Translational medicine is a branch of biomedicine embedded in the continuum of bench, bedside and community. It bridges the gap between biomedical research and patients, with the goal of improving global health (1).
In our recent paper in Nature Biotechnology (link to article) (2), we described that patients can serve as an educational catalyst in biomedical sciences to create strong synergy between research, healthcare, and undergraduate (bachelor) education, with the goal of fostering translational medicine and helping patients. Together with the treating physicians, we invite patients with unknown (orphan) disease or with disease for which adequate treatment or diagnostic options are lacking to a plenary lecture series in the third-year undergraduate course Pathology. In subgroups, approximately 100 students subsequently serve as a think-tank proposing research that can be done in the lab to help these patients. The best proposal is transferred as the starting point for another course later in the academic year, named Experimental Translational Medicine. Here, students in Biomedical Sciences and Medicine collaborate hands-on to execute the best research proposal that comes from the Pathology course (2). This intertwined interdisciplinary course axis fits within the didactic frameworks of research-based and challenge-based education (3). To facilitate the biomedical laboratory work, we now have founded the so-called Bachelor Research Hub. This hub not only accommodates the course Experimental Translational Medicine, but also offers many other educational possibilities to strengthen the research-teaching-healthcare nexus.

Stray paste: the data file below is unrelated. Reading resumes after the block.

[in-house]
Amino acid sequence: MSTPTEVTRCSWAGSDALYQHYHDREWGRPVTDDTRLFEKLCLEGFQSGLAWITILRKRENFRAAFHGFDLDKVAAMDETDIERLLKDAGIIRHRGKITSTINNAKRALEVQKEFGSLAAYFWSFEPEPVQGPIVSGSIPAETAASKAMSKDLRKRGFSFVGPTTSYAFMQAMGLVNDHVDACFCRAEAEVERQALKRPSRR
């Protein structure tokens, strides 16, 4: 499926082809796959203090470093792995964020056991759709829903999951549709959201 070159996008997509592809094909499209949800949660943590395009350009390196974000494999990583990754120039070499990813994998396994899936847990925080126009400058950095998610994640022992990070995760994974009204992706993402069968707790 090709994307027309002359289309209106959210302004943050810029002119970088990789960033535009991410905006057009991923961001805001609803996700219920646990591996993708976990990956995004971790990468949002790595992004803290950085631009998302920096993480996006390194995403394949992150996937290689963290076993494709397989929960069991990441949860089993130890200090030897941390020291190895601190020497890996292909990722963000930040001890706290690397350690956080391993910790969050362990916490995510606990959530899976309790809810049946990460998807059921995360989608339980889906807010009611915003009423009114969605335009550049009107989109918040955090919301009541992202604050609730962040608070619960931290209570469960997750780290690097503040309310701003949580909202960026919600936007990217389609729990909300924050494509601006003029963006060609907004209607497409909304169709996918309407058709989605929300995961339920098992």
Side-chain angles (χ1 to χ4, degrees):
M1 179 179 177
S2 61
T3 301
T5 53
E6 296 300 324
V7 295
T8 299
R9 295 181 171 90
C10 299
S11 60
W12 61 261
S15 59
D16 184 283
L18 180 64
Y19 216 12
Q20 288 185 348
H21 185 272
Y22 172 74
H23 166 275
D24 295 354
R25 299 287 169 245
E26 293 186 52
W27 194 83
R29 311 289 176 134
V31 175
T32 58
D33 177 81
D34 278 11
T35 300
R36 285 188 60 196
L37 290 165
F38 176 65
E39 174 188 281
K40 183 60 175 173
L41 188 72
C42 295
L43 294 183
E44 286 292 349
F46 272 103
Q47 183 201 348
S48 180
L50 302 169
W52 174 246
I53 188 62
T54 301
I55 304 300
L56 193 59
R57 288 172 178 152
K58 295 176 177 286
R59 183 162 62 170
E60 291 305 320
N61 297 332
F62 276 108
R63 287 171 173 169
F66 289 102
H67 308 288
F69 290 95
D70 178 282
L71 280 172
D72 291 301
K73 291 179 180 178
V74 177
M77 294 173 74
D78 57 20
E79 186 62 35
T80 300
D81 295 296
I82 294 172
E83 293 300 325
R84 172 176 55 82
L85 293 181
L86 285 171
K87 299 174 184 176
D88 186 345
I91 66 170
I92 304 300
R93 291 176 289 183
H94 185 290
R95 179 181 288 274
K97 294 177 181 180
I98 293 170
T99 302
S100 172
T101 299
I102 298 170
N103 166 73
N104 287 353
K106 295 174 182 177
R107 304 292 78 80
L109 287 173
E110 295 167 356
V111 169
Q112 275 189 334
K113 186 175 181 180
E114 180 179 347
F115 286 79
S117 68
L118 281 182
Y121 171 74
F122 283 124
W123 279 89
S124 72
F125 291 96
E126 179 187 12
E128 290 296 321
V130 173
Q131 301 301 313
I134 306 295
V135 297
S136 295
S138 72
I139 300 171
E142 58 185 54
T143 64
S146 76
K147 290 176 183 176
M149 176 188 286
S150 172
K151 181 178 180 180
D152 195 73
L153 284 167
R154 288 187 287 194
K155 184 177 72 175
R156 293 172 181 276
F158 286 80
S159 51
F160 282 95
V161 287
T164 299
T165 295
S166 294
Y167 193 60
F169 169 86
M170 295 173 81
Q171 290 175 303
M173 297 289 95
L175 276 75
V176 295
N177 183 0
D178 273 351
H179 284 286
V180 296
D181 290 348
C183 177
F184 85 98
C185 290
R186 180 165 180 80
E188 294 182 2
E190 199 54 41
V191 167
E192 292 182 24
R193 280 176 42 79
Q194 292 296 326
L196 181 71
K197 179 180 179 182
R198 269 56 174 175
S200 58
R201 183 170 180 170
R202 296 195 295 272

Bachelor Research Hub